Emotional Prime Minister, on Wednesday, gave a speech at an army song contest in central Bangkok at which he urged unity in a world full of conflict. It comes as an eight-year deadline approaches on Tuesday 23rd August, a date after which many constitutional experts and the opposition claim his period in office must expire.

Outgoing government spokesman Thanakorn Wangboonkongchana repeatedly told reporters on Wednesday that there were no plans to dissolve the House of Representatives after the country’s political rumour mill ran wild when opposition parties submitted a request for a Constitutional Court review of the Prime Minister’s term and regulations were published by the Election Commission detailing the limited role of any caretaker cabinet. 

Prime Minister Prayut Chan ocha’s office on Wednesday repeatedly denied swirling rumours of a pending dissolution of the House of Representatives as opposition MPs in parliament including Dr Cholnan Srikaew, the leader of the Pheu Thai Party and Pita Limjaroenrat, the leader of the Move Forward Party, submitted a petition to the Constitutional Court through the Speaker of the House Chuan Leekpai (left) to have the status of the Prime Minister’s term in office clarified after some constitutional experts claim it is due to expire after Tuesday 23rd August next.

Thailand’s constitutional crisis stepped up a gear on Wednesday after the leader of the opposition and Pheu Thai Party leader, Dr Cholnan Srikaew, together with several other opposition party leaders including Pita Limjaroenrat, the leader of the progressive Move Forward Party and smaller parties in parliament submitted an official petition to the President of the Parliament, Chuan Leekpai, to be presented to the Constitutional Court regarding the matter of the tenure of Prime Minister Prayut Chan ocha under Section 158 of the constitution which they are requesting the court to examine.

This provision limits the maximum term of any prime minister to 8 years.

For years now, opinions have been divided as to on which date General Prayut’s term began as the current constitution became effective while he was already in the role in 2017.

Opposition and legal experts say the Prime Minister must vacate the office after Tuesday 23rd August 

The opposition and many constitutional experts including Dr Pornsan Raising Boonlertchai, a lecturer at the Faculty of Law at Chulalongkorn University, affirm convincingly that the PM’s term began on the 24th of August 2019 when he assumed the position as Head of the National Council for Peace and Order (NCPO) which seized power in a coup on the 22nd May 2014.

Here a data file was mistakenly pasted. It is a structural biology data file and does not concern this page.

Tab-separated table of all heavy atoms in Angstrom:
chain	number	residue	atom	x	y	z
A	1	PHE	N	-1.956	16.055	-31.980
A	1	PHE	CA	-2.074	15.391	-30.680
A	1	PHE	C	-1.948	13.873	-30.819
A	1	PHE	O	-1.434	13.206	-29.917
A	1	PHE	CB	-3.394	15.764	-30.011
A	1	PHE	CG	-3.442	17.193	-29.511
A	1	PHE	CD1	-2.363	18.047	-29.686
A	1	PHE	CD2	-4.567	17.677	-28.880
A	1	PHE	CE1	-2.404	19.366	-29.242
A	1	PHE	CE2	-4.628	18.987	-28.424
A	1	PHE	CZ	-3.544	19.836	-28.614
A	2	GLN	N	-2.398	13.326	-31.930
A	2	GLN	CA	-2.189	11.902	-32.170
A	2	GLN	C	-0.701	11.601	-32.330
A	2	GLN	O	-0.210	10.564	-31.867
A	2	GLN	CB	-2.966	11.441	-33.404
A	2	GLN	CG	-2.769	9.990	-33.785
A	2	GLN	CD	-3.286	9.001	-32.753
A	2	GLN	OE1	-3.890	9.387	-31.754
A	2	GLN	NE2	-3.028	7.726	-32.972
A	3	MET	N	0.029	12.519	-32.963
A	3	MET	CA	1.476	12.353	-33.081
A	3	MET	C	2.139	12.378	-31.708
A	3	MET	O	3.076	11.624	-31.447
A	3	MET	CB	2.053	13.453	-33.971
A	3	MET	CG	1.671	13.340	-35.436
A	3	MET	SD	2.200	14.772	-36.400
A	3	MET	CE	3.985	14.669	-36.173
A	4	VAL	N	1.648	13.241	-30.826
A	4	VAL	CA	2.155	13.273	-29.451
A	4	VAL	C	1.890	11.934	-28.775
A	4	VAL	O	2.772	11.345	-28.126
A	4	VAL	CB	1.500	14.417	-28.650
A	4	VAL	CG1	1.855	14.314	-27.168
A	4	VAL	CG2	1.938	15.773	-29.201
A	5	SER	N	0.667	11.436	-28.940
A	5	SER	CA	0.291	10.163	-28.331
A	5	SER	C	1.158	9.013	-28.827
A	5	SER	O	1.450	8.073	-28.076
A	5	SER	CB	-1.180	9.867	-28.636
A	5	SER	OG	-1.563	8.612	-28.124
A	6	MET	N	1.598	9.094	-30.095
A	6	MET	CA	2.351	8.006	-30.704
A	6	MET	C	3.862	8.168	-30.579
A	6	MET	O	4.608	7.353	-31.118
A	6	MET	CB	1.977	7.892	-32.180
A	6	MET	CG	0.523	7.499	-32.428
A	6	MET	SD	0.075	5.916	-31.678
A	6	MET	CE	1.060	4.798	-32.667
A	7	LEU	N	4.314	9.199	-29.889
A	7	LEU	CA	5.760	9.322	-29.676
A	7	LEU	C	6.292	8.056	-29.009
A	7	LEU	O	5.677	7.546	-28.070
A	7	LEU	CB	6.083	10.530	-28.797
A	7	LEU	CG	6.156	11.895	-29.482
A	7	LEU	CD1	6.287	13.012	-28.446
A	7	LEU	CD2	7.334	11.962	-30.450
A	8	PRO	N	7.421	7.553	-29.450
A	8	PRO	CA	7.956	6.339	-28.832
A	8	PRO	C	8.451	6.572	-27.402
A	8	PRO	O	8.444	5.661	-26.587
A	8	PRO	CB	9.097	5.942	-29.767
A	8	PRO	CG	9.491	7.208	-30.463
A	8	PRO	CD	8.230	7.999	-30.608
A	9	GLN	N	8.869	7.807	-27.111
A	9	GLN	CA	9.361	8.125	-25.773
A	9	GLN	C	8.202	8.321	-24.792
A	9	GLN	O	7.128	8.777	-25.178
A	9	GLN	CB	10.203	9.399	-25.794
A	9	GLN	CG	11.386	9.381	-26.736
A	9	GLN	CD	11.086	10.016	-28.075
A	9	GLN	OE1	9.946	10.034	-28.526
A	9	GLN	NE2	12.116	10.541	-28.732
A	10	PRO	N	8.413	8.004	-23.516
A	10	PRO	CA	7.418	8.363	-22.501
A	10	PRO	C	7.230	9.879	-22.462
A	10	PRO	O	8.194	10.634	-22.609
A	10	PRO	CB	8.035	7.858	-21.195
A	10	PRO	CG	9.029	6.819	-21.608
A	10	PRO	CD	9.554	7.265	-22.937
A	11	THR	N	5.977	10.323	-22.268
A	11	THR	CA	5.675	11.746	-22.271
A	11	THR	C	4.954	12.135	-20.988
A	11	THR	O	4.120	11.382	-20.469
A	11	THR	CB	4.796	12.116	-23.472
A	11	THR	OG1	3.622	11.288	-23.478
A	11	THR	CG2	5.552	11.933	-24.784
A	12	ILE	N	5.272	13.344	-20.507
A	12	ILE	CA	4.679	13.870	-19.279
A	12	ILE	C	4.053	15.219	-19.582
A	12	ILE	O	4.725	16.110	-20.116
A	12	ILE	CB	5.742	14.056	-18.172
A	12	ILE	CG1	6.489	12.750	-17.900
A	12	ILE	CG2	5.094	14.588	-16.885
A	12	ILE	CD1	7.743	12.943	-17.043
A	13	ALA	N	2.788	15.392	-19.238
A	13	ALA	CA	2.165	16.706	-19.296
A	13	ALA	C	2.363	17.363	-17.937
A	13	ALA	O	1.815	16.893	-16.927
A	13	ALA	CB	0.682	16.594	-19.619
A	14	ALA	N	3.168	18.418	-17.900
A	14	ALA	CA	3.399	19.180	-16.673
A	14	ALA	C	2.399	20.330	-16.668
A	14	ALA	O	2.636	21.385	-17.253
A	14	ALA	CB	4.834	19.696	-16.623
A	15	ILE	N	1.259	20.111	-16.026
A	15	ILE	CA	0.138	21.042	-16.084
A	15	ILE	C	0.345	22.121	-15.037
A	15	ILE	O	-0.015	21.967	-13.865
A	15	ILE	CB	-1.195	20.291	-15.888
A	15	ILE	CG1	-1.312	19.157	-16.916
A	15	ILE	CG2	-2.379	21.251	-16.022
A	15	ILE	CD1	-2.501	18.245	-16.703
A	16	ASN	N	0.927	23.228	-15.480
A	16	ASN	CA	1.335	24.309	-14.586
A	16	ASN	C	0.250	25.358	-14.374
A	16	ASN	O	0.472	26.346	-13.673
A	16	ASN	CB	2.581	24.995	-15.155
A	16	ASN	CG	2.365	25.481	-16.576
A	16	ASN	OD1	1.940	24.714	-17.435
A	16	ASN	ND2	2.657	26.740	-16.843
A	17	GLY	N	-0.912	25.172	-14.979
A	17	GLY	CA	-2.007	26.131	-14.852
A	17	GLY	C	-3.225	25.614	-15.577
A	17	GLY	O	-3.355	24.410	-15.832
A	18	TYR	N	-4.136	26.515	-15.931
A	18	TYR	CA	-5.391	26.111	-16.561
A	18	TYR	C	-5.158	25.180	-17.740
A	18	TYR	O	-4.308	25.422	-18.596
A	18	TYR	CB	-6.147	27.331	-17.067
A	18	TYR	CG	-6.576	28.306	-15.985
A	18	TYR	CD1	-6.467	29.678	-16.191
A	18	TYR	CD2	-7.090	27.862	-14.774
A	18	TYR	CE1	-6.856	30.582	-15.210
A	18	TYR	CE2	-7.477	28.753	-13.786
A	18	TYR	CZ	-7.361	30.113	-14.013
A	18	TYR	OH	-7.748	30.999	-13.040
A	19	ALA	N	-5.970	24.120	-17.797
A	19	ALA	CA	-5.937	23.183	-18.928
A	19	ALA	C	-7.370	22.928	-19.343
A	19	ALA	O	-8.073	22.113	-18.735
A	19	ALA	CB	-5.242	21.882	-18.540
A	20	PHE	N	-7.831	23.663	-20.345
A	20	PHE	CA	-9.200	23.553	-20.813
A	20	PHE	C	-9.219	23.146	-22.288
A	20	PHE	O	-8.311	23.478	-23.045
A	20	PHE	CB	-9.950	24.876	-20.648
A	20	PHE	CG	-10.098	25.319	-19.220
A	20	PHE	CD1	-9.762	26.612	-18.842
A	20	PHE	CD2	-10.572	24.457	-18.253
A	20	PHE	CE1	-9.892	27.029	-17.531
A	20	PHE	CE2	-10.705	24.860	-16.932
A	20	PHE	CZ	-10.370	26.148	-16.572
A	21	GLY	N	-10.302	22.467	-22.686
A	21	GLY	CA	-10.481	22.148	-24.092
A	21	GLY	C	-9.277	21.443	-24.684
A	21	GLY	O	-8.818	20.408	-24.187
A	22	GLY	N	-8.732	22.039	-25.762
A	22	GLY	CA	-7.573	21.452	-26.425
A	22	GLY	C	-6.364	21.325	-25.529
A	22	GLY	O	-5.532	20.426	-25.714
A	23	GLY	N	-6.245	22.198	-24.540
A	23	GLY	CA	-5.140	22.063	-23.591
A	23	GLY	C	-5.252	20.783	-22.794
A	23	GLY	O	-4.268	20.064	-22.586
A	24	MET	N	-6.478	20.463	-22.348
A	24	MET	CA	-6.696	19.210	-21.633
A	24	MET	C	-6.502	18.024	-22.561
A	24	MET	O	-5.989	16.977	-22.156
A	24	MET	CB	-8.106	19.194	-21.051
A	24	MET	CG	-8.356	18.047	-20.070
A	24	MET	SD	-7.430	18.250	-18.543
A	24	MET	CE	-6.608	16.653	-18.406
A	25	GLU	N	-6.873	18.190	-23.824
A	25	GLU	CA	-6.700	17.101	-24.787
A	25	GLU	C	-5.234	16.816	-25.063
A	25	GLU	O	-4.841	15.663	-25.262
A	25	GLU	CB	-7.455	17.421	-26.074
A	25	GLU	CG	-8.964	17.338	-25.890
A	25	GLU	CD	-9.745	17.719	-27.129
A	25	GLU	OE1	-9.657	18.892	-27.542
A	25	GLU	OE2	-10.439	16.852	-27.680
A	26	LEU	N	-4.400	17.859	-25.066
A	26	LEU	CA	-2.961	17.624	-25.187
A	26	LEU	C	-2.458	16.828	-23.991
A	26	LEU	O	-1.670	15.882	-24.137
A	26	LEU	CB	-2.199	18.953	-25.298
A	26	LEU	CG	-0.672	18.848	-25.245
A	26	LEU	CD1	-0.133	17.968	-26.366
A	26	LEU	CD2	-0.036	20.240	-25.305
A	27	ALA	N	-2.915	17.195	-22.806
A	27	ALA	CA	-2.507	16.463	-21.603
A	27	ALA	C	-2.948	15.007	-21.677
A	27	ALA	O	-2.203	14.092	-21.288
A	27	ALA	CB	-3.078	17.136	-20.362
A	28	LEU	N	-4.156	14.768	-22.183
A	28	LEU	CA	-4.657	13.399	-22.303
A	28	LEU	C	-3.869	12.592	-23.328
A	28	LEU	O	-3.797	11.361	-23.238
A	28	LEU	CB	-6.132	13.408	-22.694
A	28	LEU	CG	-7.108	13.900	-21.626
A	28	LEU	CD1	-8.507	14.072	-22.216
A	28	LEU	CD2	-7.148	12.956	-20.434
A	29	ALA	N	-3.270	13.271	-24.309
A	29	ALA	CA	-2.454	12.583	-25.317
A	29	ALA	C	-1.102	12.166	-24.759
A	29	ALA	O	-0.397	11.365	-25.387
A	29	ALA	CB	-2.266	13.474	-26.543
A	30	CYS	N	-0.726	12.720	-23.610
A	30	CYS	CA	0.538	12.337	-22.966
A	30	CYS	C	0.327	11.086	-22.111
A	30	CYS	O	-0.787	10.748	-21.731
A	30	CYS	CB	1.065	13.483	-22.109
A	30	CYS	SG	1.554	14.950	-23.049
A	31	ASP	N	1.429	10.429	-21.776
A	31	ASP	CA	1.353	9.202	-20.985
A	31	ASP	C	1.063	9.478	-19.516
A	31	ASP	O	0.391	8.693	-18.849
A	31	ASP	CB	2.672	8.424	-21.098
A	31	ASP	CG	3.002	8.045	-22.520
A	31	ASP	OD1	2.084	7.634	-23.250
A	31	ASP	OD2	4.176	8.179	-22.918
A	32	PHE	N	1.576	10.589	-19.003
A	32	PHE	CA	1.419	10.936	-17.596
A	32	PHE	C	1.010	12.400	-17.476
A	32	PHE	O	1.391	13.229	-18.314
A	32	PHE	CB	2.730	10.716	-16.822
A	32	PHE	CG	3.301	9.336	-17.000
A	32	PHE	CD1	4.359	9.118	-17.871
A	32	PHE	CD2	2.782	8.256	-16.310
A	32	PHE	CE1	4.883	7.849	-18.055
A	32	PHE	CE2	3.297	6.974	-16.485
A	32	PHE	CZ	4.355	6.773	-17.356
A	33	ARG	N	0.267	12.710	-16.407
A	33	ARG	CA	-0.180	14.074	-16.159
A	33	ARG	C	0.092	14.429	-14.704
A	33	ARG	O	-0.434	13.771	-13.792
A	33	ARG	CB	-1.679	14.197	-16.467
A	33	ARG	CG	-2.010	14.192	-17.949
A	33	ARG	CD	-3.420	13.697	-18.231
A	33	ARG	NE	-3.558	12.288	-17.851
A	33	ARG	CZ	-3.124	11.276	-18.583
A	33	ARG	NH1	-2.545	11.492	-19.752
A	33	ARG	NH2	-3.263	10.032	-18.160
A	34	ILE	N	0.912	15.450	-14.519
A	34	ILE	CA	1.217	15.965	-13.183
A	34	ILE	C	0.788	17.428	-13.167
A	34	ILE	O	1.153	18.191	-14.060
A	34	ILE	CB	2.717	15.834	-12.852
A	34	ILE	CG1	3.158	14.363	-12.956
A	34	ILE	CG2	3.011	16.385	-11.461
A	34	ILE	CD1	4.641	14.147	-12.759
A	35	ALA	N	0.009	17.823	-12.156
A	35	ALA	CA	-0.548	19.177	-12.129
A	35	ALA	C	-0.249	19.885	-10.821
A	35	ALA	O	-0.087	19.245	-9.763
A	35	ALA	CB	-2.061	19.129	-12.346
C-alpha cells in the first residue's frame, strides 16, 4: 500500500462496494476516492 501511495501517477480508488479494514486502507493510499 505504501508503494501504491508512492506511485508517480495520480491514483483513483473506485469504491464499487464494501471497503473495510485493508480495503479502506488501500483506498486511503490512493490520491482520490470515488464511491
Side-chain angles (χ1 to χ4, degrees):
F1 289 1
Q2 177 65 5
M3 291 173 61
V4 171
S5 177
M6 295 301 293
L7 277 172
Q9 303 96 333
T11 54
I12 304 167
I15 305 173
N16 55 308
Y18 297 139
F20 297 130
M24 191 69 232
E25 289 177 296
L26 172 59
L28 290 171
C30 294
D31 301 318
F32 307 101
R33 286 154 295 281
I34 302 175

Under this interpretation, the Prime Minister’s term is due to expire at midnight on the 23rd of August 2022, only days from now.

PM urges ministers to ‘create a sense of unity’ in the country as Thai King swears in new cabinet

Other interpretations of the constitution advanced by supporters of General Prayut and other academics attest that his term began on the 6th of April 2017 when the 2017 Constitution came into force and the existing cabinet, at that time, took power under its terms while another interpretation is that the prime minister’s term only began on July 16th 2019 when General Prayut and his new cabinet was sworn in by His Majesty King Maha Vajiralongkorn at the Ambara Villa within the Dusit Palace in Bangkok under the terms of the new constitution and following the March 2019 General Election. 

PM’s spokesman repeatedly rejects claims that a dissolution of the House of Representatives is planned

On Wednesday, the outgoing spokesman for the Prime Minister, Mr Thanakorn Wangboonkongchana who announced his resignation on Thursday, denied reports swirling in Bangkok that the prime minister intended to dissolve the House of Representatives following the publication in the Royal Gazette of an announcement by the country’s Election Commission outlining 7 restrictions on any caretaker government that may preside over the country’s administration until a General Election is held and a new cabinet appointed.

In an extended exchange with the press, Mr Thanakhorn repeatedly ruled out any parliament dissolution until the present government’s term is due to expire naturally.

He said current rumours were nothing but ‘fake news’ and could be damaging to the economy.

He referred reporters to the Election Commission as to why the notice regarding a caretaker government had appeared in the Royal Gazette.

Deputy Prime Minister Wissanu Krea-ngam explains background to the Election Commission’s legal notice

At the same time, Deputy Prime Minister Wissanu Krea-ngam explained to the press that the regulations published in the official government gazette dated back to February 2021 when he had asked the commission to rework the details that the body had formulated in October 2020.

The government’s legal expert told the media that he had asked that the notice not be published at that time for fear of giving rise to just the sort of speculation that has been seen over the last 24 hours.